- The U.S. Department of Defense's inspector general has found that “inaccurate cost estimates, design deficiencies, contract modifications, fire, floods, mold and challenges related to the execution of contract modifications” has caused more than two years of delays and at least $53 million of cost overruns on the new $1.3 billion StratCom headquarters project at Offutt Air Force Base near Omaha, Nebraska.
- During the first, $564 million phase of the project, the long string of project challenges that the Kiewit Corp.-Hensel Phelps joint venture has had to overcome included a destructive fire inside an HVAC duct, a copper pipe weld failure that allowed 9,000 gallons of water to pour onto a generator, leaks in a retaining wall, mold in HVAC ducts, labor shortages and design disputes between the JV and the government. The $53 million represents a JV change order for the mold and has upped the price tag of the construction phase to $614 million. The second, $679 million phase will see the government install furnishings and special equipment, a task estimated at 18 months.
- The project team is scheduled to turn over the new headquarters to the Air Force in October, and all employees should be moved in by early 2020. Army Corps of Engineers, StratCom and other government departments involved with overseeing the project agreed with the inspector general's determinations but did not hold any individuals accountable.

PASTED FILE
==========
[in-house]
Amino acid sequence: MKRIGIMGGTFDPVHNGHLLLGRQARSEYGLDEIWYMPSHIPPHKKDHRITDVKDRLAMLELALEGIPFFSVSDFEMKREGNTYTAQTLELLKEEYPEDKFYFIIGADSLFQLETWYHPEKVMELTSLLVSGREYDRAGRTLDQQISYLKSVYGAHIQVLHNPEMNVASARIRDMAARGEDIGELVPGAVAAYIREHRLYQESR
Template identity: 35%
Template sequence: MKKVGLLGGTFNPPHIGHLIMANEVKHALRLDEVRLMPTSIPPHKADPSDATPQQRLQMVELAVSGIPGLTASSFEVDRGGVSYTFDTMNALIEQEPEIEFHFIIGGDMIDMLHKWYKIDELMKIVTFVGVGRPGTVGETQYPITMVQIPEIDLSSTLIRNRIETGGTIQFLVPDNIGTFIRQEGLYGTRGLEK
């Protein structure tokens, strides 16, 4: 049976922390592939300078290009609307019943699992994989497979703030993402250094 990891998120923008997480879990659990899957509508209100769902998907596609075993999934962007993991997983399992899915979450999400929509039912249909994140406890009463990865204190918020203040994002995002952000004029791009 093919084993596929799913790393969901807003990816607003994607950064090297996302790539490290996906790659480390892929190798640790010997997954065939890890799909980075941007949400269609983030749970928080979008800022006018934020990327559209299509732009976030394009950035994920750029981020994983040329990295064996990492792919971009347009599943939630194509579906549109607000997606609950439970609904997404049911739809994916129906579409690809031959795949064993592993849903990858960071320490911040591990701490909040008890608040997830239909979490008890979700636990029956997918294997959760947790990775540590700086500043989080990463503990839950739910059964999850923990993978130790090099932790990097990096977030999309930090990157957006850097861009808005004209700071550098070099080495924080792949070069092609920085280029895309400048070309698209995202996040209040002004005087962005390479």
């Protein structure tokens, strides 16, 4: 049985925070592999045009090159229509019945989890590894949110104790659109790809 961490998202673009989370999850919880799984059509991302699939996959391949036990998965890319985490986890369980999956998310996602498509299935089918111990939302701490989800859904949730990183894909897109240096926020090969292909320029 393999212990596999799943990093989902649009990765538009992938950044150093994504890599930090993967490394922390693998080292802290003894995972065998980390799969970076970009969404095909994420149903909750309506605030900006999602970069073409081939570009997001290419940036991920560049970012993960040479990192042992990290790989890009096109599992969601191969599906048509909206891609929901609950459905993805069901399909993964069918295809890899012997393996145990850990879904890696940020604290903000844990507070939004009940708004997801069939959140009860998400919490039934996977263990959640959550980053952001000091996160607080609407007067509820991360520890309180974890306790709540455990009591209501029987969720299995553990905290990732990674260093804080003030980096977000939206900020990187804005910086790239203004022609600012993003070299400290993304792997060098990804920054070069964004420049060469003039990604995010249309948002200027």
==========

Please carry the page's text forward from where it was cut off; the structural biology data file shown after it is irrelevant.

Another project with Army Corps involvement took some heat from same inspector general's office recently, and that was the $1.2 billion hospital replacement at Fort Bliss in El Paso, Texas. The inspector general found that there had been almost $166 million of errors, omissions and change delays as of March 2018. These included the re-fabrication of structural steel and a lighting-related design error. The report indicated that the Army Corps itself was responsible for 126 days of delays related to interior framing, seismic testing and other project issues.
As March 15, 2018, the project had 973 contract changes, 132 of which were canceled.
The Army Corps is involved in many government construction projects, so it often is drawn into disputes. For example, in April, claims of nonpayment for $3 million in contractor cost overruns on a flood control and economic development in Fort Worth, Texas, came to light. The contractor said the Corps still owed money for extra work that exposed its employees to toxic soil.